A United Reformed Church in Oxford has become the first congregation in the UK to appoint an outreach worker to transgender people. The church’s minister explains how the decision came about 


Chrissie Chevasutt is thought to be the first Christian transgender outreach worker in the UK. Read their story here.

In 2018, I was appointed to serve as the minister to two United Reformed churches in Oxford. 

Both churches describe themselves as inclusive churches, welcoming of everyone, as reflected in their outreach to students and the homeless in the city, as well as by raising funds for the Hope and Faith School in Zambia, and ministering to LGBT people.

I wanted to know what had attracted people to St Columba’s in the city centre, because it is tucked away down St Alfred Street and rarely noticed as people make their way to the pub two doors down. Interestingly, I realised that all of those who had joined the church in recent years had actively sought out a church that was inclusive (although the majority were not themselves LGBT).

As well as our Book Group, Bible Study Group, Lent and Advent Fellowship Groups, we also have an LGBT group which meets once a month for food, fellowship and worship. It became obvious to me that one of our particular ministries was to trans and non-binary people and that God was challenging us to provide a dedicated person to minister to them.

In a world where we are quick to judge, without finding out the facts, trans people are often on the receiving end of what at times is some pretty vicious hostility. As I listened to the stories of trans people, I have been deeply shocked at what they have to go through on a daily basis, in the street, in the press and, most shockingly of all, in our churches.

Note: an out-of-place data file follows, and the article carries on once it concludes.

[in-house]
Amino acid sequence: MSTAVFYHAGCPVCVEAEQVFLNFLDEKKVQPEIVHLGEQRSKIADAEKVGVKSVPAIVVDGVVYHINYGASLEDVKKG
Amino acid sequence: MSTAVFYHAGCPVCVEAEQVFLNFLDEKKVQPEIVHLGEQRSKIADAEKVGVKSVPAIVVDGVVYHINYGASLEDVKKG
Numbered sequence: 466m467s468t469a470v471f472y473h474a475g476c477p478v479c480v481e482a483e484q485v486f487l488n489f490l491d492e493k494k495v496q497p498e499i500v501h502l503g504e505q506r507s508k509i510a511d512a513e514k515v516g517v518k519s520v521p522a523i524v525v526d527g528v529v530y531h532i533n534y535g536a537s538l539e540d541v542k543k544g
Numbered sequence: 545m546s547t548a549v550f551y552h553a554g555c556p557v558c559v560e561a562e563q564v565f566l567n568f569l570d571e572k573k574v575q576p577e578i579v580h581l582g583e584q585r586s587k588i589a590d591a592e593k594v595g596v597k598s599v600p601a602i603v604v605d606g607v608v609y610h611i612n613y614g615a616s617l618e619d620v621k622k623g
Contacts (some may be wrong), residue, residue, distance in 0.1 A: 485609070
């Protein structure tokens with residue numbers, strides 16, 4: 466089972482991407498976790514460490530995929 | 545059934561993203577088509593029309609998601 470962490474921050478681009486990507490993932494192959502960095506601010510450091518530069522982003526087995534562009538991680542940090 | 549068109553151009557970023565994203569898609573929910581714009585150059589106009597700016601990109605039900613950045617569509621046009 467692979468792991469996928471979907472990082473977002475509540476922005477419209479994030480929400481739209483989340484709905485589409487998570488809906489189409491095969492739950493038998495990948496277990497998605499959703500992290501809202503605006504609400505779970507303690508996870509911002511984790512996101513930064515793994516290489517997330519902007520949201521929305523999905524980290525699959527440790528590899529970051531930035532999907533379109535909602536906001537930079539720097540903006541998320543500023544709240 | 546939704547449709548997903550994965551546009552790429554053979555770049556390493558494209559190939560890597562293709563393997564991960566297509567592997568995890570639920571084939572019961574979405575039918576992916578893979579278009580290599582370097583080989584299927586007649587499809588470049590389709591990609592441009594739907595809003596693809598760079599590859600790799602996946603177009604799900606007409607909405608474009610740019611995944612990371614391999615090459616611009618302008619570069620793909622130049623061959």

I have been deeply shocked at what trans people have to go through on a daily basis, in the street, in the press and, most shockingly of all, in our churches

Understandably it has taken a while for trans people to trust me enough to tell me their stories. I regard myself as being fair minded, approachable and compassionate, but when you have been so badly treated and traumatised by the attitudes of church leaders and those who haven’t learned about what it is like to be non-binary or intersex, or to feel so strongly that you are of a different gender to the one you were born in, this is understandable. Why would you trust someone who doesn’t know your experience for themselves, when you face ridicule on an almost daily basis?

Each year at St Columba’s, we hold a service to mark the Transgender Day of Remembrance, where we light candles and read out the names of some of the hundreds of trans people who are murdered or take their own lives each year, some from the UK, others from around the world. How can the Church stand by and do nothing? It is not enough to remember and just pray. We are called to love and love is an action, not a mere verb.

We laid out a fleece. We recognised the need and were aware that we had much to learn. We also realised that if God was calling us to have this particular ministry, we needed someone with direct experience of being trans.

We identified key areas of potential work, including pastoral support in Oxford to the LGBT community, helping churches to think theologically about trans issues, contributing to the emerging trans theology and providing trans awareness training. Ultimately we aim to provide an act of witness to the trans community, showing that the church takes them seriously and cares for them.

Does this mean we endorse or actively encourage people to transition? No, we simply recognise the critical need to offer affirming and non-directive pastoral care to those who suffer with gender dysphoria and dysmorphia, in that we abide within the safety of best practise as defined by the NHS, World Health Organisation and World Professional Association for Transgender Health, who have between them almost a hundred years of clinical and medical expertise in caring for transgender people.

This journey of faith has taken us two years, of meeting, consulting, praying, debating and listening. We weren’t sure that we could raise the money to fund the post, but this came in easily. Church members committed to giving on a monthly basis for the three years of the post, we set aside a significant portion of our church budget, and we sought funding from within the structures of the URC. We are delighted to have appointed Chrissie Chevasutt as our Outreach Worker to Trans and Gender Non-conforming people.